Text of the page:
— BB012/BB012MC: VUYVR “Eiskalt” LP

VUYVR "Eiskalt" LP

Catalog # BB012


Country: Switzerland

Release title: Eiskalt

Format: LP, MC, digital

Vinyl: Black, 180gsm, 33 RPM

Date of release:  March 4th, 2013

Total running time: 38:47

Copies pressed: 500 (vinyl), 100 (tape)

Status: Available


  1. Hoch – 2’58
  2. Betrayers Of The North – 4’24
  3. War Of 100000 Centuries – 2’58
  4. Disfigured By Hatred – 2’50
  5. Idolatry – 3’11
  6. Slaves – 3’33


  1. Dead Trees Are Wandering At Night – 5’25
  2. Weapons Made For Grace – 4’43
  3. The Wyvern – 8’56

Trying to determine why Vuyvr’s debut album “Eiskalt” is a stimulating and refreshing take on black metal is not an easy task.

Hailing from Switzerland, their sound initially appears to be rather traditional, obviously influenced by a number of Norwegian and Swedish meisters of the genre.

Beneath an impeccable flow and as the record will start to grow on you, you’ll notice subtle, personal touches which contribute to a large extent to the record’s peculiar charm.

There’s majestic breakdowns who are wonderful but not strictly metallic (“Betrayers Of The North”), stellar dual guitars equally breathing of heavy metal and post rock (“Dead Trees Will Wander At  Night”). The vocals are crisp but not exaggerated, conveying immediacy. The primitive pounding of the drums resonates the naive fury of extreme metal’s early days…

Devil is in the details indeed and apparently Vuyvr have inherited the unorthodox class that characterizes their country’s metal tradition (Hellhammer, Celtic Frost, Samael, Coroner…). Having excelled in the ranks of seminal underground acts such as Knut, Impure Wilhelmina, Rorcal, Elizabeth, they are not preoccupied by what the purists will think of them. They are devoted to sonic darkness and it’s all that matters.

Less than a year after their initial racket, the band rushed into their practice space and recorded 9 tracks within a day that would eventually become “Eiskalt”.  Vuyvr has summoned a mighty alliance for its physical release. Throatruiner Records, France’s chaotic industry, and Blastbeat Mailmurder from Greece, operated by Dephosphorus’ vocalist, deliver it to you  the way it was meant to be: in a glorious 180g piece of wax, inspiringly illustrated by Richey Beckett. The digital version is available as a free download and for an affordable starting price. Your winter just got grimmer…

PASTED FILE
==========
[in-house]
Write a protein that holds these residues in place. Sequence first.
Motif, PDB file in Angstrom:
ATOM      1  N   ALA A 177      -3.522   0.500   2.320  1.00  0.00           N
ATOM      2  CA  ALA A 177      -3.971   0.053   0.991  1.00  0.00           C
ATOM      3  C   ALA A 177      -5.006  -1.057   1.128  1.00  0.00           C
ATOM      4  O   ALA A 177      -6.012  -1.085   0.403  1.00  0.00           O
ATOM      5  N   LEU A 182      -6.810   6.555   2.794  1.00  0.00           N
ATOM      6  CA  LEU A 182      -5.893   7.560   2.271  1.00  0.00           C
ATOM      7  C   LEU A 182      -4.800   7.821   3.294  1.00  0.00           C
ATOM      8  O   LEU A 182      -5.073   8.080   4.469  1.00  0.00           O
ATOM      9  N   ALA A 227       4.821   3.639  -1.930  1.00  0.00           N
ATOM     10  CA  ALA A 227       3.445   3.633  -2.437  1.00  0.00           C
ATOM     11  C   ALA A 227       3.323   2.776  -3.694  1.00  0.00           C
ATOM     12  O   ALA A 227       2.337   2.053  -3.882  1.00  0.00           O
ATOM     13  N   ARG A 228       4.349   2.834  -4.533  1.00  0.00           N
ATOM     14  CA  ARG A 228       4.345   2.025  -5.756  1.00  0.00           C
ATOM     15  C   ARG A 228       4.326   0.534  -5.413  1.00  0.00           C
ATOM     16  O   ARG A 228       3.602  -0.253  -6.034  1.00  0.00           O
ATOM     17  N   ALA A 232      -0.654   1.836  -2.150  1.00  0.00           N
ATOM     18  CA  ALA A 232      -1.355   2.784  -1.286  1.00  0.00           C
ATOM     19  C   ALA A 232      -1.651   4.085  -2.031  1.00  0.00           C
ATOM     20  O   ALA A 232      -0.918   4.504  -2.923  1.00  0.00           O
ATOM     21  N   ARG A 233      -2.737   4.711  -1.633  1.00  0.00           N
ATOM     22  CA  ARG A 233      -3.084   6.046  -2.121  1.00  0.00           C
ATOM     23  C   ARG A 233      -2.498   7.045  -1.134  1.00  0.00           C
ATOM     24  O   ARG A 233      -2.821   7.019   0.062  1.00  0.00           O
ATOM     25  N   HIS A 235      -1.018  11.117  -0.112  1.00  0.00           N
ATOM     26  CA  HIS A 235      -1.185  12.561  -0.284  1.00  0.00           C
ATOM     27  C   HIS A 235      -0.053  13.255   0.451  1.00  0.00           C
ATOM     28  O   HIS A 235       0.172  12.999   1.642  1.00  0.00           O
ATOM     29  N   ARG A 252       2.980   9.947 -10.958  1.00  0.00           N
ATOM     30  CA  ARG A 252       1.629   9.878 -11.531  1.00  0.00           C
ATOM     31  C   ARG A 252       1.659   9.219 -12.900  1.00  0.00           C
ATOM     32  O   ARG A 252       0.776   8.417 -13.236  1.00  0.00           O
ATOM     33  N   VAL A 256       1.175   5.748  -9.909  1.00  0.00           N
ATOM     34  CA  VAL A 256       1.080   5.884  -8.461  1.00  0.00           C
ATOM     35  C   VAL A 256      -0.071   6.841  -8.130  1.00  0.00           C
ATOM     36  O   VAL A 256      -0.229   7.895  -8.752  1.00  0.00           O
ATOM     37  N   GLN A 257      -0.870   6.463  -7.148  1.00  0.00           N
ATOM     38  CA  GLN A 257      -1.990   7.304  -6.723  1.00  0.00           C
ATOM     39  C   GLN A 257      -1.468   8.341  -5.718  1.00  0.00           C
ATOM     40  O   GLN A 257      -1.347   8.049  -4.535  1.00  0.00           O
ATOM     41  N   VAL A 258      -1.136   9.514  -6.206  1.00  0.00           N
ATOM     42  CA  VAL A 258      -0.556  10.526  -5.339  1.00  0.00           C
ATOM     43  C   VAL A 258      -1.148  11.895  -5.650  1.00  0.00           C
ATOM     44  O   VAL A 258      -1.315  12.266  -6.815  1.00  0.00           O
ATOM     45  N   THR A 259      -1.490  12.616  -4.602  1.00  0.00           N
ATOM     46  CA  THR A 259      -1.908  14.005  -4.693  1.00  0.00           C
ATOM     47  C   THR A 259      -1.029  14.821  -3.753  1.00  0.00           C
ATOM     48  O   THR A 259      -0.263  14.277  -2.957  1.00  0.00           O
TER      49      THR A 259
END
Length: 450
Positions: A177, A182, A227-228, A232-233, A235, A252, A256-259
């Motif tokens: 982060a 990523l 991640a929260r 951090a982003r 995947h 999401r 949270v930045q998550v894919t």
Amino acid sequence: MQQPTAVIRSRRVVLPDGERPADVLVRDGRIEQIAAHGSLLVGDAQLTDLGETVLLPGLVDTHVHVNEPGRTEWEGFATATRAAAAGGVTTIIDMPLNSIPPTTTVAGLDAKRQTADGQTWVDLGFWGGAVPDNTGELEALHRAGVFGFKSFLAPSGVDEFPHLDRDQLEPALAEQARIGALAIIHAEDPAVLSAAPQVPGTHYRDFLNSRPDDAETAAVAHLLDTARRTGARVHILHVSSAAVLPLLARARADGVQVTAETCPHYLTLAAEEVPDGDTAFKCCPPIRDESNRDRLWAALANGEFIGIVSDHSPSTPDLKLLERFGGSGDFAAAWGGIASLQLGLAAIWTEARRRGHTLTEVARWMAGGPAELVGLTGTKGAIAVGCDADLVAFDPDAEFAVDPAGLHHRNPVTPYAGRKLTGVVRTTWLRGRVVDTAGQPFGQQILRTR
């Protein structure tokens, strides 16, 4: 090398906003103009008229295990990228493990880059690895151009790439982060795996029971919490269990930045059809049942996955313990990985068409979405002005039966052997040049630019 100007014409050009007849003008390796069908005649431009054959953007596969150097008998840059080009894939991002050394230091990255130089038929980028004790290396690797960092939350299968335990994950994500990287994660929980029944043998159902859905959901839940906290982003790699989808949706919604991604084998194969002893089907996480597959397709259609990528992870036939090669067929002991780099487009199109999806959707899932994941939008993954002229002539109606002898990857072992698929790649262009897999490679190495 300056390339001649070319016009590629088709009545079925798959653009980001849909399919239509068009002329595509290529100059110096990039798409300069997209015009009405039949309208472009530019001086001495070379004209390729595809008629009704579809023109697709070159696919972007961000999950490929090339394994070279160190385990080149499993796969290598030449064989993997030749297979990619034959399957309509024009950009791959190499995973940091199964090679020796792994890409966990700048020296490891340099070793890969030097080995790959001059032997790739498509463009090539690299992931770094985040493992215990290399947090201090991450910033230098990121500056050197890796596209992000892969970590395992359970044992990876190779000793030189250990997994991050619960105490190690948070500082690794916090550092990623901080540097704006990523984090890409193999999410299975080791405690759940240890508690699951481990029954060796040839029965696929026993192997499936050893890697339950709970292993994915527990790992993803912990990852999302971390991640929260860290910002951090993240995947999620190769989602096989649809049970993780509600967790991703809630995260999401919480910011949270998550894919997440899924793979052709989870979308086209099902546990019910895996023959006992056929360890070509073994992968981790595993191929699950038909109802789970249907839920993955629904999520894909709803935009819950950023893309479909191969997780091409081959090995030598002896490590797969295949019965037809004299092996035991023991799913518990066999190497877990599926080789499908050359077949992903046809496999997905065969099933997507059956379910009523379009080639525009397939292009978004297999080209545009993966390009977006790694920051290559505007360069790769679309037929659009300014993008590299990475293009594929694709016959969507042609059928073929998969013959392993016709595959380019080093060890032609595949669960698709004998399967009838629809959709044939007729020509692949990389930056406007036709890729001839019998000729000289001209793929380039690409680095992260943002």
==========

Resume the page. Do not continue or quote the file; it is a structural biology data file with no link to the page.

UPDATE: “Eiskalt” has had on December 2013 a limited cassette edition, courtesy of Blastbeat Mailmurder and Monoton Studio Records.


VUYVR "Eiskalt" MC

(…) Real personality breaks through the veneer of trem riffs and howling, though: Mounir delivers deep grooves, while Schindl strings plaintive post-punk melodies across wiry arpeggios.

Eiskalt sounds like second-wave black metal, but it also sounds like a group of real people with real personalities. Revealing yourself through a style as staid as this one takes guts—more guts than corpsepaint and spikes usually allow for.

Invisible Oranges

It’s increasingly hard to gain any traction by playing black metal in the classic Scandinavian mold. That particular vein of creative ore was explored pretty thoroughly by the ’90s pioneers and stripped bare by their many imitators. Even now, though, a crafty band can find gold in that quarry. Vuyvr, which features members of the underrated Swiss bands Impure Wilhelmina and Knut, has done so. Vuyvr’s attack initially feels like any old Immortal knockoff’s — rickety drums blast away beneath minor-key chords while some guy shrieks himself raw. But Vuyvr has a personal touch. Where your stock black metal band would be PERFECTED BY HATRED! or ENTHRONED BY HATRED!, Vuyvr are disfigured by it. Those minor chords chime with a post-punk vulnerability. Instead of icy, inhuman fury, we get the heat of real human emotion. 


2 Responses to “— BB012/BB012MC: VUYVR “Eiskalt” LP”

  1. […] Gods”. On these four lengthy tracks, the band pursues the style previously developed on “Eiskalt”, paying their dues to traditional black metal while sticking to the unusual approach you can expect […]

  2. […] Gods”. On these four lengthy tracks, the band pursues the style previously developed on “Eiskalt”, paying their dues to traditional black metal while sticking to the unusual approach you can expect […]

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